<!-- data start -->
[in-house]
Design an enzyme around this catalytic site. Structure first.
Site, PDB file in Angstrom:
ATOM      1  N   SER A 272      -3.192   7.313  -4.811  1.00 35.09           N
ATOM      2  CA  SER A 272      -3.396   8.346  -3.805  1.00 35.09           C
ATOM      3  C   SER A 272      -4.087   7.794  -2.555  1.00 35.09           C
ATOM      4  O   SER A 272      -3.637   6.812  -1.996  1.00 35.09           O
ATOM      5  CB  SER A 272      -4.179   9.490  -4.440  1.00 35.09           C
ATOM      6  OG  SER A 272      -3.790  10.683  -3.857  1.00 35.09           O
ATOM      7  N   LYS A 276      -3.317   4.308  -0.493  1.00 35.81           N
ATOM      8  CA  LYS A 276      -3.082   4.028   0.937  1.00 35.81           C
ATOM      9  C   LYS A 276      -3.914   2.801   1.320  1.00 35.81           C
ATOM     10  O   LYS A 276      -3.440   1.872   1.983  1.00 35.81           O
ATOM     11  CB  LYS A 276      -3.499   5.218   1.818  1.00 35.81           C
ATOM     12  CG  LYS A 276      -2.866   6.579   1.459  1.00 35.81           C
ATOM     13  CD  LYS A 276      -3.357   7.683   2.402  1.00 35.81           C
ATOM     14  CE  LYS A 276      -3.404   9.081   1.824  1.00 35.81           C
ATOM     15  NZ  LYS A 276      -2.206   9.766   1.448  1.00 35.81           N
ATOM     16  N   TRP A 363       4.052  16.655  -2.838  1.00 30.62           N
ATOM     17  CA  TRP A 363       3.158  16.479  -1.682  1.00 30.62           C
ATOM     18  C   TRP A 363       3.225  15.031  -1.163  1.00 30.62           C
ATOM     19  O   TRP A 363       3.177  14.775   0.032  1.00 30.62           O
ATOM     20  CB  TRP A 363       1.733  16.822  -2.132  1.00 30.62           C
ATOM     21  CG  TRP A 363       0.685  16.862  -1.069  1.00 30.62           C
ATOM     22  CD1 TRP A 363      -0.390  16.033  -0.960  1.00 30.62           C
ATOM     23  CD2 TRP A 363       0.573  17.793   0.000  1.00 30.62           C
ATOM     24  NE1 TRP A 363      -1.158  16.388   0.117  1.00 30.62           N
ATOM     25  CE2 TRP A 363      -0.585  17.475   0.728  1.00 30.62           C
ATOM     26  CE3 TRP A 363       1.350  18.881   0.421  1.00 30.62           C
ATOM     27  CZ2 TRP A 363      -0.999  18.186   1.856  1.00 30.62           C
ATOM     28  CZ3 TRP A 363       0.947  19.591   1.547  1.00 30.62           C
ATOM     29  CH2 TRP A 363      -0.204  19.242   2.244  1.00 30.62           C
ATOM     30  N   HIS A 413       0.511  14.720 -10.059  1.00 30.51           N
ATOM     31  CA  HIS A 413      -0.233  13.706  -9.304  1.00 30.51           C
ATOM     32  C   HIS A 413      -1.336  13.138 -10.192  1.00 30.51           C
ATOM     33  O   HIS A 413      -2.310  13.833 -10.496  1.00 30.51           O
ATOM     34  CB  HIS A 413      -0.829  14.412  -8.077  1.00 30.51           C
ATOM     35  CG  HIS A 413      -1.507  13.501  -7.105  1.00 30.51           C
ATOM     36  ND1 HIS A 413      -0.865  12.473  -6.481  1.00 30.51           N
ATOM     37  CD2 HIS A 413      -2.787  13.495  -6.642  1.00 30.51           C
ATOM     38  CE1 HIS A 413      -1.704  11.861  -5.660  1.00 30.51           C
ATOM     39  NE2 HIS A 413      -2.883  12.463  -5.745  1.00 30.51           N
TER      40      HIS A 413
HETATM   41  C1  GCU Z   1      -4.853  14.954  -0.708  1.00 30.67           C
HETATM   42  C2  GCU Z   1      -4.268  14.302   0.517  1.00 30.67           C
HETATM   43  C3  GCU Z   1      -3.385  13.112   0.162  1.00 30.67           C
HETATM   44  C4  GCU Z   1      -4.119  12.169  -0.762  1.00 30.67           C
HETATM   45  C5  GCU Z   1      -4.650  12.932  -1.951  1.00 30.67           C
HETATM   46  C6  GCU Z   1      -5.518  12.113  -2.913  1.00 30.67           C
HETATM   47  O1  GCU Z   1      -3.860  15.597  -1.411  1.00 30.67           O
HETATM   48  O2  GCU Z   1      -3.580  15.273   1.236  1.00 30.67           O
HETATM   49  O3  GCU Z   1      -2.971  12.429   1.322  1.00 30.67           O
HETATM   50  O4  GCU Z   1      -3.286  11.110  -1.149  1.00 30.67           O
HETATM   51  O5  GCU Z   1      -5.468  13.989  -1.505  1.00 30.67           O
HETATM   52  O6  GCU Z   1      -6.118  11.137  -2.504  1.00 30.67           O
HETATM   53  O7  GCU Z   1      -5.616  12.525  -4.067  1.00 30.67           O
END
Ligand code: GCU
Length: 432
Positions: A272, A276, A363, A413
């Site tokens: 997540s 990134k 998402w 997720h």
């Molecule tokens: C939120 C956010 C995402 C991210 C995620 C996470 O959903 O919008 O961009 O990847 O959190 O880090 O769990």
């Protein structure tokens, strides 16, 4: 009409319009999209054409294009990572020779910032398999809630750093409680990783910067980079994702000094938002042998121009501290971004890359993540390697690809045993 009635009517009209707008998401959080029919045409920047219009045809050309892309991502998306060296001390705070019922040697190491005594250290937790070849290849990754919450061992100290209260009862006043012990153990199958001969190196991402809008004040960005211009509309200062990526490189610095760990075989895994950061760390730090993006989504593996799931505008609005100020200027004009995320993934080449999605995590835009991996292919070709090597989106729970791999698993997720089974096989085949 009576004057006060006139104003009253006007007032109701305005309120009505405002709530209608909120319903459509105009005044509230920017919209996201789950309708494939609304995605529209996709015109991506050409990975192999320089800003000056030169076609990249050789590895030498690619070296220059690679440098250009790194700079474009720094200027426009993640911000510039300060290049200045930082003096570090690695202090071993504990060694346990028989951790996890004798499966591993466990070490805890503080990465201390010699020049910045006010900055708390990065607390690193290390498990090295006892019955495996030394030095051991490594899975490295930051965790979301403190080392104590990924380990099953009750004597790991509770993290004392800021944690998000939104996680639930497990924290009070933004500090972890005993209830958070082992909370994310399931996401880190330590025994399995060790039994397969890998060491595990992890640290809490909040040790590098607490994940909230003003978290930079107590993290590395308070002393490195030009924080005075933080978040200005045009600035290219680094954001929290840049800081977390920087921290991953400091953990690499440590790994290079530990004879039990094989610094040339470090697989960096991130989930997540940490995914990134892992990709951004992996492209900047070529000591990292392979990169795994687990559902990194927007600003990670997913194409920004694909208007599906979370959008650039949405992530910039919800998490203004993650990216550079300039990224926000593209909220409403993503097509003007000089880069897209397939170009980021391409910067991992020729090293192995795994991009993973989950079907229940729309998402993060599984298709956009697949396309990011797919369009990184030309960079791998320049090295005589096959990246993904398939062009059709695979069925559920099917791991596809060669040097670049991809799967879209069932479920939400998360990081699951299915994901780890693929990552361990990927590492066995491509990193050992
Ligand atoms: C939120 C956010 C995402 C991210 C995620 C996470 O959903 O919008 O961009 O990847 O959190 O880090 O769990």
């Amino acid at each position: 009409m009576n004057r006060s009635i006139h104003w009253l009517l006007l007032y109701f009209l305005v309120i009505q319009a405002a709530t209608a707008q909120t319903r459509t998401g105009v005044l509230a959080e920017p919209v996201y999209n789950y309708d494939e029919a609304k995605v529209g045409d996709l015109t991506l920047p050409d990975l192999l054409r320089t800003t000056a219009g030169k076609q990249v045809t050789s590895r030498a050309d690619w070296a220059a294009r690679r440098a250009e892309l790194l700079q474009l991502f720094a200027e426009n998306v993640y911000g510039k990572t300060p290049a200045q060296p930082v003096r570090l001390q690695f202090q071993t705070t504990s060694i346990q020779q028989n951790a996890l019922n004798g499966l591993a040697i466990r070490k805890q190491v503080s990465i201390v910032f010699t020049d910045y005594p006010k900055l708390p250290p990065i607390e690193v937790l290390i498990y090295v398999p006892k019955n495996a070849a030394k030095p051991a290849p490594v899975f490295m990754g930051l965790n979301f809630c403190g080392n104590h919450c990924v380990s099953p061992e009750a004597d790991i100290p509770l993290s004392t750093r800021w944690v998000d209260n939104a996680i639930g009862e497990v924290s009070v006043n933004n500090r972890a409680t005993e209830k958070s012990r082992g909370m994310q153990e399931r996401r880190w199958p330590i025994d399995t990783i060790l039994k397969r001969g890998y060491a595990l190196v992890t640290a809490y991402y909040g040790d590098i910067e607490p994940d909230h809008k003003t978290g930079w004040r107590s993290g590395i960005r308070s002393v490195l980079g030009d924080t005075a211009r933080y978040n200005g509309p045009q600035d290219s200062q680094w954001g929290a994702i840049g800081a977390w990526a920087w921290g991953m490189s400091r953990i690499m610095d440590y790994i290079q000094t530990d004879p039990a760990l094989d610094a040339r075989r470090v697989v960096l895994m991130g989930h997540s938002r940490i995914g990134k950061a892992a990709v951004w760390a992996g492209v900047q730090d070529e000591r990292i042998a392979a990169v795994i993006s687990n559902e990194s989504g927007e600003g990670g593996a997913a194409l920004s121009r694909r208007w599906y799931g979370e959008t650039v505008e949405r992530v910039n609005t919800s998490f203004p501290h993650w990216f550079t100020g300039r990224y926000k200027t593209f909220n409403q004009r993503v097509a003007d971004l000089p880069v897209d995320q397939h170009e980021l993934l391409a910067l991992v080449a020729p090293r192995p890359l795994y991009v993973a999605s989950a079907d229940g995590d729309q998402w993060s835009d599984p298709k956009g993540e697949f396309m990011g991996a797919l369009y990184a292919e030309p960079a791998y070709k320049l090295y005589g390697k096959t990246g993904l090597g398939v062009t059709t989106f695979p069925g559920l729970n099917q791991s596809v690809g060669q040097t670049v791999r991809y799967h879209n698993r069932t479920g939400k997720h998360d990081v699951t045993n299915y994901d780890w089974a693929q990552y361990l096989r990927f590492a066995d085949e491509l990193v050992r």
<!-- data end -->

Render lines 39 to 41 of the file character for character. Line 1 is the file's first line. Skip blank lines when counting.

ATOM     36  ND1 HIS A 413      -0.865  12.473  -6.481  1.00 30.51           N
ATOM     37  CD2 HIS A 413      -2.787  13.495  -6.642  1.00 30.51           C
ATOM     38  CE1 HIS A 413      -1.704  11.861  -5.660  1.00 30.51           C